A House Republican and Democrat are joining forces on a bill that would place more regulations on confined feeding operations, often called CAFOs, in the state of Indiana.
House Bill 1378, co-authored by Rep. Sue Errington (D-Muncie) and Rep. Tom Saunders (R-Lewisville), aims to “address serious gaps in current law pertaining to factory farm pollution,” according to the Hoosier Environmental Council (HEC), which helped create the legislation.
The changes would put more restrictions in place for future CAFOs and would give the Indiana Department of Environmental Management (IDEM), which is responsible for the initial approval of all confined feeding operations in the state, more authority to deny a CFO permit.
“I think part of the problem is that with IDEM, their regulations now I don't think are strong enough or clear enough,” said Errington.
The Muncie lawmaker said she often hears concern from consituents about the odor and health effects of the high-volume farms.
“What I'm looking at is trying to get IDEM, first of all, to be more responsive to public comments in their decision making,” Errington said.
The bill would give IDEM the authority to deny a CAFO permit if the proposed operation would “(1) substantially endanger public health, safety, and welfare or the environment; (2) pose an undue risk to property; or (3) create a public nuisance.”
It also increases setbacks for CAFOs, requiring at least one mile between any proposed CAFO and any residence, school, non-agricultural business, church, park or other public place, unless the CAFO shows it will control air pollution around the site.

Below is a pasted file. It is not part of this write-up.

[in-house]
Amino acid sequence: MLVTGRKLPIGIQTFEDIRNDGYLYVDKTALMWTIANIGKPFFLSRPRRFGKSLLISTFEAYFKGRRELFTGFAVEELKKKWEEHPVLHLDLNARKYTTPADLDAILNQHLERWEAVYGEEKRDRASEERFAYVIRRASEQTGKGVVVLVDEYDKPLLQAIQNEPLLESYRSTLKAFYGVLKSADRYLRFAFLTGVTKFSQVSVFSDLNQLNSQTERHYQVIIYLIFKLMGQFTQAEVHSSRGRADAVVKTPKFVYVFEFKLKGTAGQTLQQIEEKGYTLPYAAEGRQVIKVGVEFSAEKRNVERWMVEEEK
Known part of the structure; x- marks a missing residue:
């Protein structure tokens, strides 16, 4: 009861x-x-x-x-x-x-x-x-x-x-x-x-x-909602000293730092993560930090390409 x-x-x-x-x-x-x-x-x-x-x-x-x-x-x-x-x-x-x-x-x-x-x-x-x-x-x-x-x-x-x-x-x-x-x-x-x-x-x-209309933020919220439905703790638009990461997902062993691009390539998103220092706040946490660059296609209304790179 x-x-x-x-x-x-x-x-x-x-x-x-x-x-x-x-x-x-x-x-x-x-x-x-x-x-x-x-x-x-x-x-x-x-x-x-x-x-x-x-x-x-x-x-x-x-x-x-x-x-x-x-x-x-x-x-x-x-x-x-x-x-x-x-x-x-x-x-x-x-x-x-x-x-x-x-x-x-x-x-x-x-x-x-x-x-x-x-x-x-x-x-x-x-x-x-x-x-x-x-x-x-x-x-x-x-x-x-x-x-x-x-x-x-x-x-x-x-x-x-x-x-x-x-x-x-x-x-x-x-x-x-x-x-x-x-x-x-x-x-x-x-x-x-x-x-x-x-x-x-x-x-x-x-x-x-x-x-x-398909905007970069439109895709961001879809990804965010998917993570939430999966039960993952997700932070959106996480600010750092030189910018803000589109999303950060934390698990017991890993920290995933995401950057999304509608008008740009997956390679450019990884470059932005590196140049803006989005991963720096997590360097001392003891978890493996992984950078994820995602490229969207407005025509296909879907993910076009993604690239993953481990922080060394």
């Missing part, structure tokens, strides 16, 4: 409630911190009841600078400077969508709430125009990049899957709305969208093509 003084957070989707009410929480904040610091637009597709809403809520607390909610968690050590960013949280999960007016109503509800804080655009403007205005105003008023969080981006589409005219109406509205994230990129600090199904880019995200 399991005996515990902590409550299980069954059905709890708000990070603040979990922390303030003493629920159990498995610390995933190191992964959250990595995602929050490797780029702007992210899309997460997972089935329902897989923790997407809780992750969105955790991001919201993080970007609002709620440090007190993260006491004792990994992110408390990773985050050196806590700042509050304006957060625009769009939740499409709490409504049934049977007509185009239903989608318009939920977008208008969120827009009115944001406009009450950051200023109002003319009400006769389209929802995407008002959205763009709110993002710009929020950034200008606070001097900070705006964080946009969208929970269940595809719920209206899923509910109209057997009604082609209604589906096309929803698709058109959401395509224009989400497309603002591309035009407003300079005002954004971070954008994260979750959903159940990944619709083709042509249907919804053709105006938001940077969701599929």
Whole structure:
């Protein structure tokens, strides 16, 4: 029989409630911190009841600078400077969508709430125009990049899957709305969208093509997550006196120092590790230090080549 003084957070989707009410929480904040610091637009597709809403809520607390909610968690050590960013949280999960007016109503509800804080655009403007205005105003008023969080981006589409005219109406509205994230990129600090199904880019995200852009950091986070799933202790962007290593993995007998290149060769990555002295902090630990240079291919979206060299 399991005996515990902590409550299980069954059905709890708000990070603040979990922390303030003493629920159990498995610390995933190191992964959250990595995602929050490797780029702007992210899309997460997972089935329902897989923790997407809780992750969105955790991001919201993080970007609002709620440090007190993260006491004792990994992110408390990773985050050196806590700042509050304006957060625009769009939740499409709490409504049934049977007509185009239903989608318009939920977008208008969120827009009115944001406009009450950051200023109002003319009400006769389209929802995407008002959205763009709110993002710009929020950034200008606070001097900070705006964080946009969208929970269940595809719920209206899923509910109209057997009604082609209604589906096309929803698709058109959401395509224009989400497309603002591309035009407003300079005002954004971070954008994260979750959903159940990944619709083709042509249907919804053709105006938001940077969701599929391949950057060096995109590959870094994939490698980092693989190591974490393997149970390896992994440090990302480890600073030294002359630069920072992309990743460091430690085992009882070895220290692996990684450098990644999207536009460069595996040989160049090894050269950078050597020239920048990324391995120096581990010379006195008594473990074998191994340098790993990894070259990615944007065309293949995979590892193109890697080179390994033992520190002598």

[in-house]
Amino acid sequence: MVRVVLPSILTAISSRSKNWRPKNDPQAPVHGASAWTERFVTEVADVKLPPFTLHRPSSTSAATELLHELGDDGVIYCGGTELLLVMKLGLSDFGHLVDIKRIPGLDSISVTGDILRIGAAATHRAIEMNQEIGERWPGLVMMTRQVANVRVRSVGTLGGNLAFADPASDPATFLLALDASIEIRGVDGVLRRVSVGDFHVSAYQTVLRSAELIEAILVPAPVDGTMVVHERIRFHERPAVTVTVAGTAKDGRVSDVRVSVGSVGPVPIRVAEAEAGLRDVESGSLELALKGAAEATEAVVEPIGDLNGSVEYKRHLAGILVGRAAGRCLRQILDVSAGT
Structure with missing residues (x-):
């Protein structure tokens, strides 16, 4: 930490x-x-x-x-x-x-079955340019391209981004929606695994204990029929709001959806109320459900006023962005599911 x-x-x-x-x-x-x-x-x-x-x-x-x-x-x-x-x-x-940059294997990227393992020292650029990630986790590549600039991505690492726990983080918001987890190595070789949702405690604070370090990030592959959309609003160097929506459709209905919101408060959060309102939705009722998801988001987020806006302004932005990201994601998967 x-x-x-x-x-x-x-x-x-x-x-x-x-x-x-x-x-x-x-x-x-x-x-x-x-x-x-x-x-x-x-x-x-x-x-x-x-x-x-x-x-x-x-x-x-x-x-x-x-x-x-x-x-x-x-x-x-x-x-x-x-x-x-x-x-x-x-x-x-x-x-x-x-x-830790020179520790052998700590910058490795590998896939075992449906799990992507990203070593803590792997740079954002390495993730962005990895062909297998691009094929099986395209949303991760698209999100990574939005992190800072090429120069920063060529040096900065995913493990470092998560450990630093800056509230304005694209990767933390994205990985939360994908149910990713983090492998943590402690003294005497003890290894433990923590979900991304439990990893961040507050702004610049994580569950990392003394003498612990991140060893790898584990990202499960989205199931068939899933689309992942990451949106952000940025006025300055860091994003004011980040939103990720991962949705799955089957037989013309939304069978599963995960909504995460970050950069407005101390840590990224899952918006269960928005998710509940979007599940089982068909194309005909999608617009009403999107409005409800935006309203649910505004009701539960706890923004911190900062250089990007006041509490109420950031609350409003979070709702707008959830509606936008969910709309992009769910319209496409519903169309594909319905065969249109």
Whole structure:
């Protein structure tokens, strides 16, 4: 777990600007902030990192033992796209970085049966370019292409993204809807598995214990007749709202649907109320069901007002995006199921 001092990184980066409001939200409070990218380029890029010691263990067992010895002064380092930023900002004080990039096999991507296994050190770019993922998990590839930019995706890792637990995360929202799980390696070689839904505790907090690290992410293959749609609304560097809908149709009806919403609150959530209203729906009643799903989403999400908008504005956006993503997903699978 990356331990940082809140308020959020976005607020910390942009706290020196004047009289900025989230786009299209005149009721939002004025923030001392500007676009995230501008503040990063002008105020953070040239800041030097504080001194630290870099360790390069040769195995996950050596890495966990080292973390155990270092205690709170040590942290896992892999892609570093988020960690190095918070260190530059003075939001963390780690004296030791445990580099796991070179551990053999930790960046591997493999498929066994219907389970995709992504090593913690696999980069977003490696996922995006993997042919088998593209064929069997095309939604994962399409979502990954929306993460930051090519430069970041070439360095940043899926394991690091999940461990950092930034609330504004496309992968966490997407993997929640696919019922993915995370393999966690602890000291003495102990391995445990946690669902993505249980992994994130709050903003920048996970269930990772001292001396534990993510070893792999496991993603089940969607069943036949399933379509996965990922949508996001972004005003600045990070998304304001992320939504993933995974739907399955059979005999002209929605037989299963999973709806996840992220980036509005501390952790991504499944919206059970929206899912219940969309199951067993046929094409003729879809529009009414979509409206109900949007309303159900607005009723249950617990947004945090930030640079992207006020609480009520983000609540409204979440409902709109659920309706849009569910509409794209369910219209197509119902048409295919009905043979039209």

The air pollution control exception is new to the 2019 version of the bill, and HEC Senior Attorney Kim Ferraro hopes it will give the bill enough flexibility to garner more support. Ferraro said the 2018 version of the bill received pushback from people who said the bill made it too difficult for future CAFOs to find compliant locations.
“If a CAFO wants to build within a mile from a school or public place or residence it can do so if it gets a waiver or if it can demonstrate that it will limit the emissions at the property line,” Ferraro said.
Local resident Arndt Mueller proposed a similar change to Grant County's CAFO regulations last fall, asking for a mile setback between any existing church and any future CAFO. That proposal received a negative recommendation from the Grant County Area Plan Commission.
County Commissioners tabled Mueller's proposed ordinance change when they imposed a moratorium on all future CAFOs in Grant County.
Commissioner Mike Burton said he is working with Area Plan Commission President Robert Bothwell to form a committee that will review current county CAFO regulations.
“It would be my personal hope that we could announce the committee in the next 30 days because we need to move forward on this,” Burton said.
Ferraro said air pollution from CAFOs is currently unregulated by the state and the federal government. This bill would change that.
The bill would set limits on odor-causing emissions such as hydrogen sulfide, ammonia and other volatile organic compounds that may be released by the farms, Ferraro said.